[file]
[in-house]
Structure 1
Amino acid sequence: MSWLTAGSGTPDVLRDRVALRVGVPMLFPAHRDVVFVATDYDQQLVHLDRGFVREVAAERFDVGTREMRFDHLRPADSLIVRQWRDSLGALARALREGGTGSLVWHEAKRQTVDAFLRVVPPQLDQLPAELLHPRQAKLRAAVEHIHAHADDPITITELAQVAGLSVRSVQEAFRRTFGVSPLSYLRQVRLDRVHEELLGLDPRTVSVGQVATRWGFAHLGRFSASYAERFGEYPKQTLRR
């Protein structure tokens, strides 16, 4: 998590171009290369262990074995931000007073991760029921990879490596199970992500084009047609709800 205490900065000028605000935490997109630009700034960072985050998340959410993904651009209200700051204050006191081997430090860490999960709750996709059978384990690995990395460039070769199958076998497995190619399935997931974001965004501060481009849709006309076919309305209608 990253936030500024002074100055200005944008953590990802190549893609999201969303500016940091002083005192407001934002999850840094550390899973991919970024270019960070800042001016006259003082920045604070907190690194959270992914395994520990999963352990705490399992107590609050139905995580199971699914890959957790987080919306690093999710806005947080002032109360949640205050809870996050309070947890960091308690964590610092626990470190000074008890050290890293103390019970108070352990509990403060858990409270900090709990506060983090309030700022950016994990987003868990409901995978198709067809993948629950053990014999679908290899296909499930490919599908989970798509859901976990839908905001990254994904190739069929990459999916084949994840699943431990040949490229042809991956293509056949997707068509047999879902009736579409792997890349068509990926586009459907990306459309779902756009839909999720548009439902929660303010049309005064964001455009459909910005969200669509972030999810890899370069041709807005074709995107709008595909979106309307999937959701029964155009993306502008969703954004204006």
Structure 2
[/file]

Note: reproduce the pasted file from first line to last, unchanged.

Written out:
[in-house]
Structure 1
Amino acid sequence: MSWLTAGSGTPDVLRDRVALRVGVPMLFPAHRDVVFVATDYDQQLVHLDRGFVREVAAERFDVGTREMRFDHLRPADSLIVRQWRDSLGALARALREGGTGSLVWHEAKRQTVDAFLRVVPPQLDQLPAELLHPRQAKLRAAVEHIHAHADDPITITELAQVAGLSVRSVQEAFRRTFGVSPLSYLRQVRLDRVHEELLGLDPRTVSVGQVATRWGFAHLGRFSASYAERFGEYPKQTLRR
């Protein structure tokens, strides 16, 4: 998590171009290369262990074995931000007073991760029921990879490596199970992500084009047609709800 205490900065000028605000935490997109630009700034960072985050998340959410993904651009209200700051204050006191081997430090860490999960709750996709059978384990690995990395460039070769199958076998497995190619399935997931974001965004501060481009849709006309076919309305209608 990253936030500024002074100055200005944008953590990802190549893609999201969303500016940091002083005192407001934002999850840094550390899973991919970024270019960070800042001016006259003082920045604070907190690194959270992914395994520990999963352990705490399992107590609050139905995580199971699914890959957790987080919306690093999710806005947080002032109360949640205050809870996050309070947890960091308690964590610092626990470190000074008890050290890293103390019970108070352990509990403060858990409270900090709990506060983090309030700022950016994990987003868990409901995978198709067809993948629950053990014999679908290899296909499930490919599908989970798509859901976990839908905001990254994904190739069929990459999916084949994840699943431990040949490229042809991956293509056949997707068509047999879902009736579409792997890349068509990926586009459907990306459309779902756009839909999720548009439902929660303010049309005064964001455009459909910005969200669509972030999810890899370069041709807005074709995107709008595909979106309307999937959701029964155009993306502008969703954004204006």
Structure 2